Sunday, November 2, 2014


Movie Name: Nightcrawler
Year of Release: 2014
Director: Dan Gilroy
Stars: Jake Gyllenhaal, Rene Russo, Bill Paxton, Anne Cusack, Riz Ahmed, Kevin Rahm, Michael Hyatt, Marco Rodriguez
Genre: Crime, Drama, Thriller
Score out of ten (whole numbers only): 8

Dan Gilroy's directorial debut with "Nightcrawler", follows a very diverse career as a screenwriter, which has seen him tackle projects as Tarsem Singh's "The Fall", Shawn Levy's "Real Steel" and Tony Gilroy's "The Bourne Legacy". The story follows Lou Bloom, an eloquent young man, who lives in Los Angeles, and who makes a living through whatever process he can (that includes theft). When Lou realizes that there's money to be made by selling footage of crimes that is captured in real time, he slowly but steadily starts risking more and more to satiate his ambition. He stops at nothing, staging situations, and not revealing murder suspects (that he has shot with his camera), in a clear bid to keep selling his footage and accomplish his goals.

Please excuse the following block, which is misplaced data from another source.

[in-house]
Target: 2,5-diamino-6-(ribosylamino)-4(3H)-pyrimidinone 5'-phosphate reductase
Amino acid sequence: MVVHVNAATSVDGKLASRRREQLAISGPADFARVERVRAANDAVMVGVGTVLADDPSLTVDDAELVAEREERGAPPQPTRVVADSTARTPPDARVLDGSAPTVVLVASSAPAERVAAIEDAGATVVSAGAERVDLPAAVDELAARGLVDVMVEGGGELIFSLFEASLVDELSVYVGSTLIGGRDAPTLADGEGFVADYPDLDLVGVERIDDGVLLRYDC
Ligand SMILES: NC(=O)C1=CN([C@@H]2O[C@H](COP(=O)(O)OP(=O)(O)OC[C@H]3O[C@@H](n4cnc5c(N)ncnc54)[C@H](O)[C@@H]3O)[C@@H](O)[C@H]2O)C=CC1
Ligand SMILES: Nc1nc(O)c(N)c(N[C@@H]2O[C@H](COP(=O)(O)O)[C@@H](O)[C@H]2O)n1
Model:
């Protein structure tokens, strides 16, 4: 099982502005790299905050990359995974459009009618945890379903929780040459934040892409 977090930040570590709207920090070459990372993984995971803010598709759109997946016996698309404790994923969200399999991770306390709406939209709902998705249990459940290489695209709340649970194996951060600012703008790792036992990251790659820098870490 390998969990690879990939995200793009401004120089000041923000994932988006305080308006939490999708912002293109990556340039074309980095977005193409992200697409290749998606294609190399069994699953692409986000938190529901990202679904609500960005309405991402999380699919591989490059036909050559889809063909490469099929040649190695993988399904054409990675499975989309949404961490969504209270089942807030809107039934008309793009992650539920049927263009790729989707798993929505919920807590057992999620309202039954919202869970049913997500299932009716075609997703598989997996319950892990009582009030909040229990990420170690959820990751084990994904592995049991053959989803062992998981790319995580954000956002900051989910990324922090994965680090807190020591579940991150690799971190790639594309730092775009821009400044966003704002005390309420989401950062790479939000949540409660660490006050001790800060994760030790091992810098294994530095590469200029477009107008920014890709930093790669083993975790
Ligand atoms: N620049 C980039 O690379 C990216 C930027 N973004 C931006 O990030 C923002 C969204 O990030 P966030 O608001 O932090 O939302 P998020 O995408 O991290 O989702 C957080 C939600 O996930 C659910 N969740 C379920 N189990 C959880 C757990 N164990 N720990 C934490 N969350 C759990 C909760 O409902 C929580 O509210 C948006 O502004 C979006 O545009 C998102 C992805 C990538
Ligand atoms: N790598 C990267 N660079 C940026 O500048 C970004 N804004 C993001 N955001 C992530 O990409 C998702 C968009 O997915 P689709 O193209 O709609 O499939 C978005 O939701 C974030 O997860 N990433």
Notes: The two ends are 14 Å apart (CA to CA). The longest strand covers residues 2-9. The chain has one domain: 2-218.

Dan Gilroy's "Nightcrawler" is a chilling view of the type of television programs that are presented to audiences, and the lack of scruples that dominates this type of business. Much like Sydney Lumet's "Network", it focuses its attention on the quest of television channels/networks, for ratings and audiences, and the type of footage and stories they will run to satiate that need. This blood lust, is equally found by the character personified by Jake Gyllenhaal, a young man who stops at nothing to achieve his goals, including robbery and even murder. His lack of scruples and his drive, is matched by the character portrayed by Rene Russo, the ambitious head of the television channel who enables his behavior. The film is a parable for our current times, where the ends justify any means that people employ to pursue their ambitions. Both actors are fantastic in their roles, particularly Gyllenhaal who embodies the physicality of a hungry predator and simultaneously the verbose quality of an arrogant young wannabe professional. The film also boasts the beautiful cinematography from Robert Elswit and a great soundtrack from James Newton Howard. A great film worth watching.